Yesterday a friend took me to the Staffordshire theme park, Alton Towers. Between rollercoasters, we went on the 21st century equivalent of what, back in the days of yore (i.e. my childhood), would have been called a ghost train. This ride is based on a local Staffordshire legend (classic stuff of late night campfire goosebumps): ‘the chained oak’.

The story goes something like this...

One night in 1821, the Earl of Shrewsbury was riding home to Alton Towers in his coach when a man on the roadside (in some versions an old woman) hailed him. The coach stopped and the man begged a coin for charity. The Earl harshly refused him, so the old man uttered a terrible curse: ‘For every branch on the Old Oak Tree here that falls – a member of the Earl’s family will die.’

The Earl dismissed him and carried on his way... (And this is where the campfire teller’s voice would change to a suitably chilling tone.) But that night, a terrible storm struck the old oak, and a single branch broke and fell. Later that very same night, a member of the Earl’s family suddenly, mysteriously, died. The next day, the Earl ordered his servants to chain every branch together to prevent other branches from falling.

The 'chained oak' can still be seen, not far from Alton Towers...

At the oak: can you spot the chains?
My friend and I went to see the chained oak that afternoon, and later he sent me a link to a local BBC page about the story.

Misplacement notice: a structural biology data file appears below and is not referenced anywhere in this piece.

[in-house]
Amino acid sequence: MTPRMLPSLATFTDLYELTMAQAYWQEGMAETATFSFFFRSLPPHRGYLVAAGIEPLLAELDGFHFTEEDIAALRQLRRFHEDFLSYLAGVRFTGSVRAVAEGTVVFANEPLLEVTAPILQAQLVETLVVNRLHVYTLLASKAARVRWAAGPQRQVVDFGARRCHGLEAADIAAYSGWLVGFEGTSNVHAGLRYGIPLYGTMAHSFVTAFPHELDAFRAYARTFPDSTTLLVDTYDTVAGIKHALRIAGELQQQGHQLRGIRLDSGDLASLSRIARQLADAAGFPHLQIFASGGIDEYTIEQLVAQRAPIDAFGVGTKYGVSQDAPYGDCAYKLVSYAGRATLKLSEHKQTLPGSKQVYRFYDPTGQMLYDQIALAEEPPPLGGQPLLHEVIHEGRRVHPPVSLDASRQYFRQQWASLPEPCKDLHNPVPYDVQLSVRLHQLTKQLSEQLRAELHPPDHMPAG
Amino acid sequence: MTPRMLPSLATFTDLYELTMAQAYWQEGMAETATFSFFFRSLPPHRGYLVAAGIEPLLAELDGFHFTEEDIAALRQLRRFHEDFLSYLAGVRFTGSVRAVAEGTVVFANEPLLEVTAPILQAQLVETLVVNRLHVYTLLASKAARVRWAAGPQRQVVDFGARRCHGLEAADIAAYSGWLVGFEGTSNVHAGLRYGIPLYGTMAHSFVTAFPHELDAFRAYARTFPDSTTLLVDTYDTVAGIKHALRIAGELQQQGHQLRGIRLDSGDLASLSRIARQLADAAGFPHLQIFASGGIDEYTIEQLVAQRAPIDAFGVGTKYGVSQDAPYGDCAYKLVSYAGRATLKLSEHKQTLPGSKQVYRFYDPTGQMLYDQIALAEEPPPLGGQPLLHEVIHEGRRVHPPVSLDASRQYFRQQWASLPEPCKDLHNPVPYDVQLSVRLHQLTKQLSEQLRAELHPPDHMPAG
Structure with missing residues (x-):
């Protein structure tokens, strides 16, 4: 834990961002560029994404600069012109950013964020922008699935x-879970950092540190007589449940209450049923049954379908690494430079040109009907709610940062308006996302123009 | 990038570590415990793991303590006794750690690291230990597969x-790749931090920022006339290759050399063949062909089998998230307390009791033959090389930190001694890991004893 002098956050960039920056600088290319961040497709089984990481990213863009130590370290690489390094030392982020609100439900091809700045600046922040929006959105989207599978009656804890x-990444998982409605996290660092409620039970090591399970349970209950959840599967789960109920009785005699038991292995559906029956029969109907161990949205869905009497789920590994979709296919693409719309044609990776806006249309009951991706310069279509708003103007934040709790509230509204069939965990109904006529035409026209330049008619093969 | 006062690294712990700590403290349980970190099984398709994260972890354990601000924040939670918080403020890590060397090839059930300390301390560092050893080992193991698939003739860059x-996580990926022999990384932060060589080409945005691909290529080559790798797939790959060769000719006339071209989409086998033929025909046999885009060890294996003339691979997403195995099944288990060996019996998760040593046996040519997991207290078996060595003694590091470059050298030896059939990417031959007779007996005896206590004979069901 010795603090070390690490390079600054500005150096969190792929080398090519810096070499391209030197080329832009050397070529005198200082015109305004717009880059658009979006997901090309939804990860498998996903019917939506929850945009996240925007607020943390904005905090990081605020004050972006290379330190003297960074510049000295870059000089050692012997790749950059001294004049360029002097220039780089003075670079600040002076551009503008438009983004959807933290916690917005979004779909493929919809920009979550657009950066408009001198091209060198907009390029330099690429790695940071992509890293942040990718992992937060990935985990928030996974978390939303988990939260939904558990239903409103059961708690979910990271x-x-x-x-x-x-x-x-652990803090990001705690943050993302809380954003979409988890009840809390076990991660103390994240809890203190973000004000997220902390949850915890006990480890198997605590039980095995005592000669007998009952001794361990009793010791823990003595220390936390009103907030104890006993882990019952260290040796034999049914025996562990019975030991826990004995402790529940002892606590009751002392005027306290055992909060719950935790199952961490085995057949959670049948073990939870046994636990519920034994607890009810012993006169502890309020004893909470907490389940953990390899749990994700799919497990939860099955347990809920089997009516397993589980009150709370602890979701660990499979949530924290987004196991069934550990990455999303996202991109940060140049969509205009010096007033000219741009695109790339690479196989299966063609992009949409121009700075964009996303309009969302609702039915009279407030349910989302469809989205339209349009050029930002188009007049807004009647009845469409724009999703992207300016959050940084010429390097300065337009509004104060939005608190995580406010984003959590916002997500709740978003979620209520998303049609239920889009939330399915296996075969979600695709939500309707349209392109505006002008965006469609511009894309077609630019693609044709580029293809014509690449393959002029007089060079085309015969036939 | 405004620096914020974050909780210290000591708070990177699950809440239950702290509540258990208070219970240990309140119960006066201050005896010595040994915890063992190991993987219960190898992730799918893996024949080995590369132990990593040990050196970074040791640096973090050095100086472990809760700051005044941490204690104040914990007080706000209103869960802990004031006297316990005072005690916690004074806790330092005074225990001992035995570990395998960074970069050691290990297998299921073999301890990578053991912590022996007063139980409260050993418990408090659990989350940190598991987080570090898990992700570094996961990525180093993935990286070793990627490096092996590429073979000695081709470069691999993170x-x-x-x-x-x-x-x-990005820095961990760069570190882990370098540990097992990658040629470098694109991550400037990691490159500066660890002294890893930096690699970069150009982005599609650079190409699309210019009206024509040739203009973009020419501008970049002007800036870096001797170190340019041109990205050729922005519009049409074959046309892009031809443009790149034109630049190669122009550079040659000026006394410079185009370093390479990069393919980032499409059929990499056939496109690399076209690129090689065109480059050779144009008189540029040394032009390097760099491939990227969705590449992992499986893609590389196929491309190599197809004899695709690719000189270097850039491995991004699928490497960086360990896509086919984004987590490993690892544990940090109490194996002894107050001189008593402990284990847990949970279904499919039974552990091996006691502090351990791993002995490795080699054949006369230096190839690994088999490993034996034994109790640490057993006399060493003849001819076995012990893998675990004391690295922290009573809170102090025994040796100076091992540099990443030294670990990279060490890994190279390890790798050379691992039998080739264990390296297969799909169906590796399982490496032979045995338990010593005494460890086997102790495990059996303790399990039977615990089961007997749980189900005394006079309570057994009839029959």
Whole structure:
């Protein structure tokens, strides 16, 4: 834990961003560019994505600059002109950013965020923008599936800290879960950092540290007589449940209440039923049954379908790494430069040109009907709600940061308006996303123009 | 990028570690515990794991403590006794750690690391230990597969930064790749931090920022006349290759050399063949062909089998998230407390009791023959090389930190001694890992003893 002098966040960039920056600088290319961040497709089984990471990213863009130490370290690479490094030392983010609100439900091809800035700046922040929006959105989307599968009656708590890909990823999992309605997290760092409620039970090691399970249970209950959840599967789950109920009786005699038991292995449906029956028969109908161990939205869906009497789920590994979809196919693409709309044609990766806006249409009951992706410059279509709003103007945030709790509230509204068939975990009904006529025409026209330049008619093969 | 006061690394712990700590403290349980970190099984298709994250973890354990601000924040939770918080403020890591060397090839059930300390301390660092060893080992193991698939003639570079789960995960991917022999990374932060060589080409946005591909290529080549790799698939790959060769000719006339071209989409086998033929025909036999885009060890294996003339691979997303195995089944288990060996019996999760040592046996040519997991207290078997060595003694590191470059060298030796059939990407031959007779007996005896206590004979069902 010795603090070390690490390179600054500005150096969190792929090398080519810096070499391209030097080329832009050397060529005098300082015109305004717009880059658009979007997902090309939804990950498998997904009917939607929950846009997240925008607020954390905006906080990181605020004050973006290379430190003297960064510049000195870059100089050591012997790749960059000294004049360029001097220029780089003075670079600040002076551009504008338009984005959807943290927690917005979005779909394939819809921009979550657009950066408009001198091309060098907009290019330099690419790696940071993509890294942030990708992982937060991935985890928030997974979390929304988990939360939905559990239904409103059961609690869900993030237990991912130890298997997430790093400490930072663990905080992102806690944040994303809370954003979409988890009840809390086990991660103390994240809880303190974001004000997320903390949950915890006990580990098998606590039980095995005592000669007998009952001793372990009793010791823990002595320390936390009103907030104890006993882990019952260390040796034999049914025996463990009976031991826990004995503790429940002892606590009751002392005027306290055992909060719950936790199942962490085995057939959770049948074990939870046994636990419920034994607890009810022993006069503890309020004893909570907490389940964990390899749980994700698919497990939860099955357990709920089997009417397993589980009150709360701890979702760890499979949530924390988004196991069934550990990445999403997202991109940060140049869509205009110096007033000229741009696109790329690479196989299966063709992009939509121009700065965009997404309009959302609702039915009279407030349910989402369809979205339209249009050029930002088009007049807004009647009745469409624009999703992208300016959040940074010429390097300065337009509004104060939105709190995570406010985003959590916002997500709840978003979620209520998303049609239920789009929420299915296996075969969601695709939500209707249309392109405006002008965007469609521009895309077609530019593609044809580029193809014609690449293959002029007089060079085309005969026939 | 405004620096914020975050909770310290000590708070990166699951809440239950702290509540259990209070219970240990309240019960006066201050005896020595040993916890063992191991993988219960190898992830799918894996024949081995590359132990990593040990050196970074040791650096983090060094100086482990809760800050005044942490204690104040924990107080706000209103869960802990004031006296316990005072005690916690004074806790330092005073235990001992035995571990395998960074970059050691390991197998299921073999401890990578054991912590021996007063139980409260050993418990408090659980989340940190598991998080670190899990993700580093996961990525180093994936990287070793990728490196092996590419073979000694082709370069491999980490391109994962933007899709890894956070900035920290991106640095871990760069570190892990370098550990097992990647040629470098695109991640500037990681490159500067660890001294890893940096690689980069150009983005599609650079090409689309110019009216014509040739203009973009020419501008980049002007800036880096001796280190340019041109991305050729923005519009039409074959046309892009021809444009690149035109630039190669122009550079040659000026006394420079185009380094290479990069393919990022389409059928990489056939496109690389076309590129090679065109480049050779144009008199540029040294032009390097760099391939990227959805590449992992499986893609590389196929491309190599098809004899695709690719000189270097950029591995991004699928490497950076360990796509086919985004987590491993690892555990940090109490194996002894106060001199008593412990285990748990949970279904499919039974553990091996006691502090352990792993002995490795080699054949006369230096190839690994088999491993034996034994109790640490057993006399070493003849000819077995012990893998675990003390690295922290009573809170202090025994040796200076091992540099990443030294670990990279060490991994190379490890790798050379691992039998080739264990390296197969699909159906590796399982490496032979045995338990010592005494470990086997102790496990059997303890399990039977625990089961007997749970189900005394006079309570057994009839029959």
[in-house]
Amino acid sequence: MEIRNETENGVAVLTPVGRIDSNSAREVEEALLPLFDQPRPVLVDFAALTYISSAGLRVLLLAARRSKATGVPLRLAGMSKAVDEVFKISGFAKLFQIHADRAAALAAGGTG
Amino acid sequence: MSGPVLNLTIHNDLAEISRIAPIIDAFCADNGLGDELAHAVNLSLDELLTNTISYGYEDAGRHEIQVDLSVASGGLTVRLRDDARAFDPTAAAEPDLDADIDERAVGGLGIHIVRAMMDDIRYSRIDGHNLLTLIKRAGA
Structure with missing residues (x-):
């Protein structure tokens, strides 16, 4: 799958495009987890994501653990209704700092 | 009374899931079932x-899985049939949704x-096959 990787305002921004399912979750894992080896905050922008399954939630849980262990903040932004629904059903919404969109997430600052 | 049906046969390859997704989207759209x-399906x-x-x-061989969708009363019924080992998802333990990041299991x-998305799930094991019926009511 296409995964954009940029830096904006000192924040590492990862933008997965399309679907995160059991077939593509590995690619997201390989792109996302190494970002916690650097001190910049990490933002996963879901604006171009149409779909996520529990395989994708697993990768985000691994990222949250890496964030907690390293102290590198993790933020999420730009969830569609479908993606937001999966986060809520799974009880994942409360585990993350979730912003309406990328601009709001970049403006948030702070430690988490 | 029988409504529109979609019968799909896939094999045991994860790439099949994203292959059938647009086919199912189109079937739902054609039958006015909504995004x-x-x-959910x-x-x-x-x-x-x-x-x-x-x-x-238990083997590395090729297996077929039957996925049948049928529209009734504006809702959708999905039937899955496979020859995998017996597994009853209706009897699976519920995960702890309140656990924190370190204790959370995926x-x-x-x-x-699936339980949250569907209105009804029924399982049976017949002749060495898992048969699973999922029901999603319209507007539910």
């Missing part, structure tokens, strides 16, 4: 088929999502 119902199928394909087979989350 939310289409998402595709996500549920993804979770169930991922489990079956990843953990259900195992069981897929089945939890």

Looking at it, what struck me most were the comments from large numbers of people who basically believed the story to be true.

‘Can somebody die when a branch falls off today?’ asks Darren. ‘We'll never really know if it’s true or not true’ says Stefan. ‘I thinks it’s true because when you go it doesn't feel right’ admits HK. Pete adds ‘I live near the tree, and won’t go near it, seems spooky enough for me.’ ‘I believe that it is all true’ says Sam. Dominic replies ‘I do believe in curses and the dark arts so the tree may well be cursed.’ Alexandra says ‘I think the curse is still intact. When I went to see the tree last time, I still felt this strange, dark, unfriendly presence surrounding the tree like there is someone or something there watching in anger... be very careful, be aware of the oak tree’s surroundings and don't go alone.’ Sophie meanwhile asserts ‘as a good historian’ that she thinks ‘it is true, but more research needs to be done and a test on the oak tree to see if it is really cursed.’

And on it goes.

It may be that you, dear reasonable reader, are aghast (I use the word advisedly) by all this silly superstition. Perhaps it has given you a rather dim view of Staffordshire people. Perhaps you are tutting and rolling rational eyes as you read.